Guide to Independent Living in Kentucky
Kentucky is a vibrant state with a mix of bustling urban areas and quiet suburban and rural communities. The state is home to approximately 4.5 million people, nearly 17% of whom are aged 65 and over. It boasts 45 state parks with seemingly endless fishing, bird-watching and picnic opportunities, along with a dozen shopping malls, the largest of which is Fayette Mall in Lexington. In general, crime occurs less frequently here than in the typical U.S. community, and affordable health care benefits older adults and those managing chronic conditions. Overall, the cost of living in Kentucky is 15% below the national median, and tax laws are retiree-friendly, which may help older adults maintain their standard of living throughout their retirement years. This state is also one of the cheapest places in the United States for independent living, with rates coming in hundreds of dollars below the national median at $2,241.
Independent living is ideal for those who want a low-maintenance lifestyle but don’t need medical monitoring or help with daily living activities. These communities provide amenities, such as restaurant-style dining, transportation and yard care. This guide provides information on independent living costs in Kentucky, options for covering services and tips for finding communities throughout the state.
How Much Does Independent Living Cost in Kentucky?
Note: There currently isn’t authoritative data on the average cost of Independent Living Facilities nationwide, so instead, we use the cost of Assisted Living to estimate it. Since the cost of Independent Living is typically 30-40% lower than the cost of Assisted Living, the numbers below were calculated by subtracting 35% from the cost of Assisted Living as reported in the 2021 Genworth Cost of Care Survey.
Compared to independent living rates in the nation as a whole, which average $2,925, care costs in Kentucky are affordable. On average, independent living residents in this state pay $2,241 for monthly services, making it one of the cheapest places to obtain care. All of Kentucky’s bordering states have higher independent living rates, including Tennessee, where rates come in at $2,668, and West Virginia, where seniors pay $2,704. Older adults in Ohio pay $3,013 for independent living, and in Virginia, rates are nearly $1,200 higher at $3,413.
The United States
The Cost of Independent Living in Kentucky’s Top Cities
Of the surveyed cities in Oklahoma, Owensboro has the cheapest independent living rates at approximately $2,007 per month. In Elizabethtown, rates are a little higher but still affordable compared to state and national averages at $2,096. Seniors in Bowling Green and the Louisville/Jefferson County region pay $2,275 for services, and in Lexington, rates are on par with the national average at $2,969.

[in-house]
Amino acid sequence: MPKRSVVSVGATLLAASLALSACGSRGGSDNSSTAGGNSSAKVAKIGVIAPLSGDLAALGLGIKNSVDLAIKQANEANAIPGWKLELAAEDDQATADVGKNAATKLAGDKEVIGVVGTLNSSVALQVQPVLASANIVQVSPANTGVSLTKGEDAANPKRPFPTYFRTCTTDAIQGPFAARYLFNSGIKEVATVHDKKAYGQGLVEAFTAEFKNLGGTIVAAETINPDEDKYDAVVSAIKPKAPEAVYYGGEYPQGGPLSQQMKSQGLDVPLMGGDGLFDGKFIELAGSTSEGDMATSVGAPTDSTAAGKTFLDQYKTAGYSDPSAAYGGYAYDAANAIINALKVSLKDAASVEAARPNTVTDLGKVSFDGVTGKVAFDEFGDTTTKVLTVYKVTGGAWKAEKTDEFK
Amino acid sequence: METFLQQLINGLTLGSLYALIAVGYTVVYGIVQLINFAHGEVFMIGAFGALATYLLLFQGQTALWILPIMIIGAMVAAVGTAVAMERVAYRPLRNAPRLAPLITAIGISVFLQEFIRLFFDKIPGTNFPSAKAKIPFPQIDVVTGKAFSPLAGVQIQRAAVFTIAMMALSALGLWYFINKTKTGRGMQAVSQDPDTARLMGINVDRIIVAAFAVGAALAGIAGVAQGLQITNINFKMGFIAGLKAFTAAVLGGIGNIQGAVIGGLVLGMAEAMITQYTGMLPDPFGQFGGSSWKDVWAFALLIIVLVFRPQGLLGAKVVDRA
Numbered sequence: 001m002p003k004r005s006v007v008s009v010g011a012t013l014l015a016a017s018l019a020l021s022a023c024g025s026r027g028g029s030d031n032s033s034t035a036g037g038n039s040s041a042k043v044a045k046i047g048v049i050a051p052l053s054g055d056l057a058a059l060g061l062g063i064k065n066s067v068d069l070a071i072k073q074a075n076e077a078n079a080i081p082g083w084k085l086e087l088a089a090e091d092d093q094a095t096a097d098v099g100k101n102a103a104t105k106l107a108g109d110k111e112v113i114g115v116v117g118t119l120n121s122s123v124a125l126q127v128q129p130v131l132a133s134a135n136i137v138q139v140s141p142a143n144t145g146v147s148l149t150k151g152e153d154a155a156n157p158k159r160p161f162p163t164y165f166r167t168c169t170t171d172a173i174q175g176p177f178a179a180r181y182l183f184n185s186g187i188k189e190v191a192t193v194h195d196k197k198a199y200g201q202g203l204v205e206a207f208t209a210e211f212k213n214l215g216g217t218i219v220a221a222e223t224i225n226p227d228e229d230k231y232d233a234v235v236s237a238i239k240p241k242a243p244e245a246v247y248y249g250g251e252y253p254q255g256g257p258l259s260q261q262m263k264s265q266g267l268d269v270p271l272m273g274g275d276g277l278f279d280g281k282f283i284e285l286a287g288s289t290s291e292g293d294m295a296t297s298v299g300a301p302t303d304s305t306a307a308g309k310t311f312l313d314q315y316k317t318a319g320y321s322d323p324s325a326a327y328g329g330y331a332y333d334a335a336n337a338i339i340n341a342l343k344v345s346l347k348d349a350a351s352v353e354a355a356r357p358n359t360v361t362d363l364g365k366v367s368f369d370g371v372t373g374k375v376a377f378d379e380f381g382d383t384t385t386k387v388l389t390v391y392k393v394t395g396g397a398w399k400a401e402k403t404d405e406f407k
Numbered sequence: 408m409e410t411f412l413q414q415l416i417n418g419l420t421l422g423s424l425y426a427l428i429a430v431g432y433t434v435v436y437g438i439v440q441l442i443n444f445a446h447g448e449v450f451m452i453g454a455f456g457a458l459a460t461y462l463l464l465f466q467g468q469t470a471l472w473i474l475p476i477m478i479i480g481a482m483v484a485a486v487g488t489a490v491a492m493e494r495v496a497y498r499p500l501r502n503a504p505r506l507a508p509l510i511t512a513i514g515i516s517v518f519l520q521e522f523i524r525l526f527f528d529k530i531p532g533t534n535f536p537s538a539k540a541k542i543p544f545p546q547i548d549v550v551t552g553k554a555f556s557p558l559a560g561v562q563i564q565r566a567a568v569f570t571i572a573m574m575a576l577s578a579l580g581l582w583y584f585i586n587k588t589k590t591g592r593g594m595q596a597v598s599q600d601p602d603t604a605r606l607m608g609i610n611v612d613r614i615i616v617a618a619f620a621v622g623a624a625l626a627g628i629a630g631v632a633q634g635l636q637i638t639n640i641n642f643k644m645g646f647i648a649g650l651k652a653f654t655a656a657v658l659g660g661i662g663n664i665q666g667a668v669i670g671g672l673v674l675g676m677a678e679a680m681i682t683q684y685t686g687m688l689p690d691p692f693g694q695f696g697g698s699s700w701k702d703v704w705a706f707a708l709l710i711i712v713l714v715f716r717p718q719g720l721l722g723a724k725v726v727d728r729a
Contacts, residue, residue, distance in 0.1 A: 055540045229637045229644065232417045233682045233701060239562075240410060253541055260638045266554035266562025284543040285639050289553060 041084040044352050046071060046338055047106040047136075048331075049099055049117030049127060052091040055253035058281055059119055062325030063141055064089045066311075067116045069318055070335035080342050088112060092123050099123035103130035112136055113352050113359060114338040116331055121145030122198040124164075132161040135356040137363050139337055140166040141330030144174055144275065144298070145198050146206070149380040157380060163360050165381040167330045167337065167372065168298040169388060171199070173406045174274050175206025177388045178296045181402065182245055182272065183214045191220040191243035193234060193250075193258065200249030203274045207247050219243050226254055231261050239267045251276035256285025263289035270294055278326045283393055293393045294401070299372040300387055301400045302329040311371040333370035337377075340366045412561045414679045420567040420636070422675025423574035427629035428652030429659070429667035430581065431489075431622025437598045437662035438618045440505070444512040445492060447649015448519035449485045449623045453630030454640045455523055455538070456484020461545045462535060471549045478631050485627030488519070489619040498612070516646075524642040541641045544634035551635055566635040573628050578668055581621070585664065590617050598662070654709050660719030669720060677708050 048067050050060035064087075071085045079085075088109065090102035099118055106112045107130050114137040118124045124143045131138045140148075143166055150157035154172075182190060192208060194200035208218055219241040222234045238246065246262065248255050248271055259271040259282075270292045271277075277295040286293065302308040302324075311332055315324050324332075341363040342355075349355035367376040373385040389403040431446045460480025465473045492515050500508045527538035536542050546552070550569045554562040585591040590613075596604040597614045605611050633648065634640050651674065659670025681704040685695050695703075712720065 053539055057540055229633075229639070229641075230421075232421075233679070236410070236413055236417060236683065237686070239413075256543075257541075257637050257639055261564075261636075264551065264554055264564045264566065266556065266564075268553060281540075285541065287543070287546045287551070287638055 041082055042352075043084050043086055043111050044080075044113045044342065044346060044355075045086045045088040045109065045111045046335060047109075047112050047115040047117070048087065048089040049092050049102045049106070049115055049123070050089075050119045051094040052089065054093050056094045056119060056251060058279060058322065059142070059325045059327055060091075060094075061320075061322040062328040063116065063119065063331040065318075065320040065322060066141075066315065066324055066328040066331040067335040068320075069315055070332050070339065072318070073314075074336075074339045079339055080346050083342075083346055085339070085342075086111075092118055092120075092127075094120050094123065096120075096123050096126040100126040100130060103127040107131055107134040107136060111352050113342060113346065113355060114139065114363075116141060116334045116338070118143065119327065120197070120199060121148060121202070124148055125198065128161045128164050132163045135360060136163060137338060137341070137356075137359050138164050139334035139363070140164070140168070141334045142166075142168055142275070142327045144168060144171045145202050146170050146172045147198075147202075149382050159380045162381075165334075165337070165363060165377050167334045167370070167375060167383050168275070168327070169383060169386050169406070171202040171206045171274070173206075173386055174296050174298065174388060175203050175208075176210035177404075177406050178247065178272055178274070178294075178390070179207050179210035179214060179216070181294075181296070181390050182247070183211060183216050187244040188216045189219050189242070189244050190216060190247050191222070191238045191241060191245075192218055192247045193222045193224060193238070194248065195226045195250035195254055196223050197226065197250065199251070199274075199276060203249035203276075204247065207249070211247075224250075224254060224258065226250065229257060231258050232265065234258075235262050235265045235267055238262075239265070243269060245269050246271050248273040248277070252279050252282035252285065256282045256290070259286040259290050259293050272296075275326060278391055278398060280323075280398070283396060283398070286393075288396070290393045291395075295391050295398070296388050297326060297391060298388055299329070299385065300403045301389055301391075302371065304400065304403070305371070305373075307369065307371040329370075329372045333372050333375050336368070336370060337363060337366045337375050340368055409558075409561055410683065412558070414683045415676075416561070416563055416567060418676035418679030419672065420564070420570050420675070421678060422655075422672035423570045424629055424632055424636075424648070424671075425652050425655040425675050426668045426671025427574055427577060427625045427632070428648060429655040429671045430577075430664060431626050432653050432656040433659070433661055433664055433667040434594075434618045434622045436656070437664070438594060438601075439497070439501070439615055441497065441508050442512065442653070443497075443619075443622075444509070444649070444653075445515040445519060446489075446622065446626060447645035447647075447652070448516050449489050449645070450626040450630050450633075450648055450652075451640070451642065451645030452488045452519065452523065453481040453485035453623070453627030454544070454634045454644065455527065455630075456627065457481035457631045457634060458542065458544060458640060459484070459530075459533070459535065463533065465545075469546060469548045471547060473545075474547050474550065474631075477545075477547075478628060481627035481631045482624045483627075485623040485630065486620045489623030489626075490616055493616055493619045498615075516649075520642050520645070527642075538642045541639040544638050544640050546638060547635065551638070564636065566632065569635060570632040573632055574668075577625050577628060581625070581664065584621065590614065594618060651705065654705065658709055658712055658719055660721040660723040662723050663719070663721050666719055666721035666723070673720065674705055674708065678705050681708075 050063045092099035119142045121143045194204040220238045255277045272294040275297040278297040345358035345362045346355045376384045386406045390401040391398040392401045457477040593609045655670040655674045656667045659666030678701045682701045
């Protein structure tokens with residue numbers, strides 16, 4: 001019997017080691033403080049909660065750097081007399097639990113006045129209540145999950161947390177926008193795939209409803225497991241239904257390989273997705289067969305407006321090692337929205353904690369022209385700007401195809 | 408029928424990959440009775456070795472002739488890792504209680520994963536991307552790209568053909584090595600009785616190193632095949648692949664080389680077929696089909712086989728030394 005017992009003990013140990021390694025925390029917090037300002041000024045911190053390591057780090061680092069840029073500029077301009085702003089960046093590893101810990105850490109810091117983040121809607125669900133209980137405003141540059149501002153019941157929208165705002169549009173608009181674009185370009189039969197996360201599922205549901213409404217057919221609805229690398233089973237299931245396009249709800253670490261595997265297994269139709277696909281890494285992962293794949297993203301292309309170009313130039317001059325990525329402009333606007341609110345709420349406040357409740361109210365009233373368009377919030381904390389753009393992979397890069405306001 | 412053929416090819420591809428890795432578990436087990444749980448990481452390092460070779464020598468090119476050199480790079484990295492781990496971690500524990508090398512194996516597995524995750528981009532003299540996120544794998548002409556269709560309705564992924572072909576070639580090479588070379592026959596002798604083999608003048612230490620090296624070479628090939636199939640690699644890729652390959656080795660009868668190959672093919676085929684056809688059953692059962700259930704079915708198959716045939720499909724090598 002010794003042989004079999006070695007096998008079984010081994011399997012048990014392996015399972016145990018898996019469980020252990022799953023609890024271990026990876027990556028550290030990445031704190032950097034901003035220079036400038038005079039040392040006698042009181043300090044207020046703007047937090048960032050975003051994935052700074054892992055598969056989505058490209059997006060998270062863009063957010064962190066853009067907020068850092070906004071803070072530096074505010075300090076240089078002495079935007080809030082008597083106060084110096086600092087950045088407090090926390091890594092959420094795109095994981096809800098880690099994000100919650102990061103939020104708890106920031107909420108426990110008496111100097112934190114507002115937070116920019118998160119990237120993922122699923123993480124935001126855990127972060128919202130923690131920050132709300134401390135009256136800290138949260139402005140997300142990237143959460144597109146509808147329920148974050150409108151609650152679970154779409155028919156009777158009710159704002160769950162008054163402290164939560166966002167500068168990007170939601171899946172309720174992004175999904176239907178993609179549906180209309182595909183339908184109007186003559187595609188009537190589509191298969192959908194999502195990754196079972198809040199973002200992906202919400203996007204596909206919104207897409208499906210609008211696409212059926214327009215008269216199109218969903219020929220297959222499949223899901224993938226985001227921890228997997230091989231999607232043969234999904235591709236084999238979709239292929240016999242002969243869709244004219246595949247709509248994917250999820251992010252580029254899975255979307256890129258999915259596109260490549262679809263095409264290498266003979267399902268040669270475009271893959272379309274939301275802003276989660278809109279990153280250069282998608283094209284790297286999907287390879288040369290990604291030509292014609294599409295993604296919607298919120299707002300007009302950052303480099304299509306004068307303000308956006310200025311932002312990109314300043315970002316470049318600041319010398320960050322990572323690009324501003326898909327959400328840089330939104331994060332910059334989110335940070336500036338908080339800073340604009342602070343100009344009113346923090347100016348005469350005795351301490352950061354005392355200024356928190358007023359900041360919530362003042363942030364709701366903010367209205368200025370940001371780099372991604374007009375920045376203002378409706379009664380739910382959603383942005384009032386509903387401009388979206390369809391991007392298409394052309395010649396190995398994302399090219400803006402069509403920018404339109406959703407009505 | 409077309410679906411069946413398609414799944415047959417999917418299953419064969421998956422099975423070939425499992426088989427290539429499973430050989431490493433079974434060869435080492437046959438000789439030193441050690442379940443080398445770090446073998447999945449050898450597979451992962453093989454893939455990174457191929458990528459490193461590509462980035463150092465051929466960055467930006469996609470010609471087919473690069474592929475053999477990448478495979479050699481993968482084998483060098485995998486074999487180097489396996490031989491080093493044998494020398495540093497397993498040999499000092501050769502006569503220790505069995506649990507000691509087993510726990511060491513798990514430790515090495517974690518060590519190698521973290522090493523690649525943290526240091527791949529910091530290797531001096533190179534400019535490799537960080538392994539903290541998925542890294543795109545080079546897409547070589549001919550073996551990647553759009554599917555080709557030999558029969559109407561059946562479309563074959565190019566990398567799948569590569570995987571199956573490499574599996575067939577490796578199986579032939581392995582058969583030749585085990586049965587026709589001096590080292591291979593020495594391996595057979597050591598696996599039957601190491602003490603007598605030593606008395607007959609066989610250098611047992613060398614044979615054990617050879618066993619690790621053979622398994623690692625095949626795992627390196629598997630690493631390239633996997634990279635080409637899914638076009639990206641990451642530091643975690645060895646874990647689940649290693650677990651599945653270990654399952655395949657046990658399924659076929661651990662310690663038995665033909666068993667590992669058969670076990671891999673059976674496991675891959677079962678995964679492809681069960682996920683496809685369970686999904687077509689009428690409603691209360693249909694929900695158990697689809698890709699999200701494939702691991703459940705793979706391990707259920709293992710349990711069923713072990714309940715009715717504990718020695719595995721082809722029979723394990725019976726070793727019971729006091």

The Cost of Independent Living vs. Other Types of Care
Independent living is among the most economical senior care options in Kentucky, with seniors paying approximately $2,241 per month for services. Adult day health care is several hundred dollars cheaper at $1,690 but doesn’t include living expenses, such as housing and housekeeping. Those seeking residential care services pay $3,448 for assisted living, and older adults who obtain home-based care pay $4,767 for both basic homemaker services and skilled home health aide services. Shared rooms in nursing homes cost approximately $7,178 and are for those who need extensive care and around-the-clock monitoring.
Adult Day Health Care
Home Health Aide
Assisted Living Facility
Nursing Home (Semiprivate room)
Does Medicare or Medicaid Cover Independent Living in Kentucky?
The short answer is no, Medicaid and Medicare do not cover the cost of living in an independent living community. That being said, those who need help with Activities of Daily Living (ADLs), may be able to take advantage of financial assistance programs in Kentucky to partially or fully cover the cost of care in Assisted Living. For more information about financial assistance for those who need help with ADLs, read our guide to Assisted Living in Kentucky.
For more information about other ways to make Independent Living more affordable, such as retirement funds, the sale of a home, etc, read the section below.
How to Make Independent Living More Affordable in Kentucky
While health insurance doesn’t cover independent living, older adults unable to pay for services out-of-pocket may have several funding options available. For those who own their homes and want to maintain ownership, a reverse mortgage loan lets them use their home’s equity to pay for services. Those who’ve received lump sums through an inheritance or insurance settlement may purchase an annuity to receive regularly scheduled monthly payments, which can be used toward living expenses. Some life insurance policies enable customers to access the death benefit to pay for long-term care. Alternately, seniors may have the option of selling their life insurance to a third party for a cash settlement. Finally, long-term care insurance may cover some services seniors obtain in independent living communities.
Free Independent Living Resources for Seniors in Kentucky